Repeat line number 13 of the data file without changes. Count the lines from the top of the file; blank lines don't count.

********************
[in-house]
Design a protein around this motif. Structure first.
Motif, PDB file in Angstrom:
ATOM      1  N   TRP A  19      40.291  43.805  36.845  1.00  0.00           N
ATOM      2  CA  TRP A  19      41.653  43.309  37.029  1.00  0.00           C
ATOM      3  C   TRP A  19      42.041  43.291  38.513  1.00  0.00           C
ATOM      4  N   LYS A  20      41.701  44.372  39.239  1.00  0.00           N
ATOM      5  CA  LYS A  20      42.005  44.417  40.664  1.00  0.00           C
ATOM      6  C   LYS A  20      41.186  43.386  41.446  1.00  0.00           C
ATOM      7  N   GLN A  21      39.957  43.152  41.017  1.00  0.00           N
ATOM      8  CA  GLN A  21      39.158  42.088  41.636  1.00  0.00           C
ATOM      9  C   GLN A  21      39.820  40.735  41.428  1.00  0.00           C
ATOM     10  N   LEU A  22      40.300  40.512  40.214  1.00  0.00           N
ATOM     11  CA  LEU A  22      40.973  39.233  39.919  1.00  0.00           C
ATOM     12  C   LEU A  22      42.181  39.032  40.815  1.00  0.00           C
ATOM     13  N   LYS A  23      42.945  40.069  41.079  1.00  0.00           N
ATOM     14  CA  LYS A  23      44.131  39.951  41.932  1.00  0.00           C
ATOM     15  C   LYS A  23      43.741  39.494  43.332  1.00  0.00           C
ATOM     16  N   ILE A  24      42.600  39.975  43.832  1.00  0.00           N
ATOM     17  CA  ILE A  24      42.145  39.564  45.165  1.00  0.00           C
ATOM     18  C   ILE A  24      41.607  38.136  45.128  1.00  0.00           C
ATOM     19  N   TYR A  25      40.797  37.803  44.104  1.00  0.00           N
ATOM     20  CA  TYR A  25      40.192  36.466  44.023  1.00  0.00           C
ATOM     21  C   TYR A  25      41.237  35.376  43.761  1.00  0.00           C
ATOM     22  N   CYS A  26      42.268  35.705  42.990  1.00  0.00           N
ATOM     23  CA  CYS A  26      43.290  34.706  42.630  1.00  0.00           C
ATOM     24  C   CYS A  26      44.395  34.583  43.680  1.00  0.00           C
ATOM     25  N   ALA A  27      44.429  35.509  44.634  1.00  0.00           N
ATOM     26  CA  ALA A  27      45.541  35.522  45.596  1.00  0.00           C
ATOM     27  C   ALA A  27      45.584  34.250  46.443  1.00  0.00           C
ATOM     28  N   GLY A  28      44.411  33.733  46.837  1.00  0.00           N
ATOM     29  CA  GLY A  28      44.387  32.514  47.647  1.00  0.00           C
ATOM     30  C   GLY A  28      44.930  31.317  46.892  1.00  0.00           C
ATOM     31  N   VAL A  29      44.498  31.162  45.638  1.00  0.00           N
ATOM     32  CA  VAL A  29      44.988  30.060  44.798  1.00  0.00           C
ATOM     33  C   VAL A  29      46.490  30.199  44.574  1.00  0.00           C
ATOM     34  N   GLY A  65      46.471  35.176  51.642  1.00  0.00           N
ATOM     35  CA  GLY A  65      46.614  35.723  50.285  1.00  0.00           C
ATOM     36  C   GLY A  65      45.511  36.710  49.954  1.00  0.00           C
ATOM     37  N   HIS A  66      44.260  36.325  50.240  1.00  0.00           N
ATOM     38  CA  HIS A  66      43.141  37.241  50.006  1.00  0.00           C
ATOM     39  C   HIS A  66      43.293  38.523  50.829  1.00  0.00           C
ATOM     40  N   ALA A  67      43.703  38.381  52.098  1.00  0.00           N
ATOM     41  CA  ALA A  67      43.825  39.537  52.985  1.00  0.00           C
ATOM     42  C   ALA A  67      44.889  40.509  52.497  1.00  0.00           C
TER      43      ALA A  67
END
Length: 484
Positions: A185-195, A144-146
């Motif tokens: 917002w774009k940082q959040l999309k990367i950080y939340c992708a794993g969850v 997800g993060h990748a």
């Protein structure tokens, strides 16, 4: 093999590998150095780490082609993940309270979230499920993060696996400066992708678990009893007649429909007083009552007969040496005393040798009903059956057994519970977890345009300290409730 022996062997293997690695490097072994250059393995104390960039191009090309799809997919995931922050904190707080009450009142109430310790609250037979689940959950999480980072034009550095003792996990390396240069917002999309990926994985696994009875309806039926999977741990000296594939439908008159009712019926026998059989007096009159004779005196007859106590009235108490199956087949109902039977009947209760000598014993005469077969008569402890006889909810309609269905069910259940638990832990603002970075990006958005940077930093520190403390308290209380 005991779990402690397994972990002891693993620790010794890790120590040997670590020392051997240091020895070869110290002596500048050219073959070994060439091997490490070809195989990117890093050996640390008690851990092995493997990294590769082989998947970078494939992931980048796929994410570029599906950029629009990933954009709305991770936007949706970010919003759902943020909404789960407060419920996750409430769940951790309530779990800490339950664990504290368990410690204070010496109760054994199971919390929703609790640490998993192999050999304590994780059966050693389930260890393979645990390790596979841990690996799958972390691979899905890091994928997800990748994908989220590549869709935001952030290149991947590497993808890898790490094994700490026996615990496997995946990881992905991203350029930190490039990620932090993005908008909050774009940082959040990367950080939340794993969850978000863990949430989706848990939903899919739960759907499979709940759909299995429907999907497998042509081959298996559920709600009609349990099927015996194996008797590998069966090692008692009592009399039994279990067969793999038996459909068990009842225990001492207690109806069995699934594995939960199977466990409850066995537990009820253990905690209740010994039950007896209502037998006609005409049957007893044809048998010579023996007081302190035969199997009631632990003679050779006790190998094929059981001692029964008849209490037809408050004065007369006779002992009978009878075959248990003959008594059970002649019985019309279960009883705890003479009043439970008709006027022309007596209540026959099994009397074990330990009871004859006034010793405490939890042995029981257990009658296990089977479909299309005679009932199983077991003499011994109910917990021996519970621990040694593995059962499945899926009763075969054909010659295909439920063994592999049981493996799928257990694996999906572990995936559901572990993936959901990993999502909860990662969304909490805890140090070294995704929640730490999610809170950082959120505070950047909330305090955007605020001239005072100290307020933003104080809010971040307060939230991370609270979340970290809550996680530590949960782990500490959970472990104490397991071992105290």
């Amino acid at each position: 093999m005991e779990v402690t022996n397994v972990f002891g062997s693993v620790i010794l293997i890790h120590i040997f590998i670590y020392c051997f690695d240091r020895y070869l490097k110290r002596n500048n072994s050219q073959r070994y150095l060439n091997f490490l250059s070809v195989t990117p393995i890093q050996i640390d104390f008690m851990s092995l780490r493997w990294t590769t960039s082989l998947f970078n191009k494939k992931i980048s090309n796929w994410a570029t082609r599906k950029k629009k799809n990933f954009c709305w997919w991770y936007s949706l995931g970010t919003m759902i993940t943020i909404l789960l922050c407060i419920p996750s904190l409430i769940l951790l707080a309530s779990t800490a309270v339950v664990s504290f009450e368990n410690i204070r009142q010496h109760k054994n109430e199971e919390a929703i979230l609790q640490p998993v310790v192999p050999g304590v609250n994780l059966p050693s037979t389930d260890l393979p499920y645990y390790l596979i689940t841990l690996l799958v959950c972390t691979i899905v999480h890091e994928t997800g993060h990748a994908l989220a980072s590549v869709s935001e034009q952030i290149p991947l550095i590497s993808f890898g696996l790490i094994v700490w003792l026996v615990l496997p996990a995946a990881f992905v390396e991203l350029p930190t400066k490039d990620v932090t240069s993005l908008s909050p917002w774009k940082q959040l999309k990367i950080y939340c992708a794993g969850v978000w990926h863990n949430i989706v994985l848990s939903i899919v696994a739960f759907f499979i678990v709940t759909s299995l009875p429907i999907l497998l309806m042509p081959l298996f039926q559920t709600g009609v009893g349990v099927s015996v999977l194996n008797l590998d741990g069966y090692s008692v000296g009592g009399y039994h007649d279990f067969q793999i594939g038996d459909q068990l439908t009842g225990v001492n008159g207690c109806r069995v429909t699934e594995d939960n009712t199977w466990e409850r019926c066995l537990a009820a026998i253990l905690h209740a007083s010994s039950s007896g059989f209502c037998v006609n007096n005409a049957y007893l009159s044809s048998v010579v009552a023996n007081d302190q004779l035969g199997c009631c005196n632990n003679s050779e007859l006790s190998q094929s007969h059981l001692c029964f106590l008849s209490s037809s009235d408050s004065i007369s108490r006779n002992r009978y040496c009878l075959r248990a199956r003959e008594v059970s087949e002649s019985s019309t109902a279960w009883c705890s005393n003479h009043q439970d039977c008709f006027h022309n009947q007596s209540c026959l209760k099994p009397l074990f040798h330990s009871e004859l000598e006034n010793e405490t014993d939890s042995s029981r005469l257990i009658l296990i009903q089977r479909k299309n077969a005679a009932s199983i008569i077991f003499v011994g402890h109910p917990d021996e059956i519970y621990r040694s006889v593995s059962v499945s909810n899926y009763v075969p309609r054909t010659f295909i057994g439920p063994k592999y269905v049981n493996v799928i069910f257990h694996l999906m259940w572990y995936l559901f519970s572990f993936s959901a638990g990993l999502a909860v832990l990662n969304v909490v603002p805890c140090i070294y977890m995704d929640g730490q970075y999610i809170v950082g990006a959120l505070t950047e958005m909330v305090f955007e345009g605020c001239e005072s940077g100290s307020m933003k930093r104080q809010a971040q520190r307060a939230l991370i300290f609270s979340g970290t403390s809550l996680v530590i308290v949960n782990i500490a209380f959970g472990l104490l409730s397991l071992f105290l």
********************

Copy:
ATOM     10  N   LEU A  22      40.300  40.512  40.214  1.00  0.00           N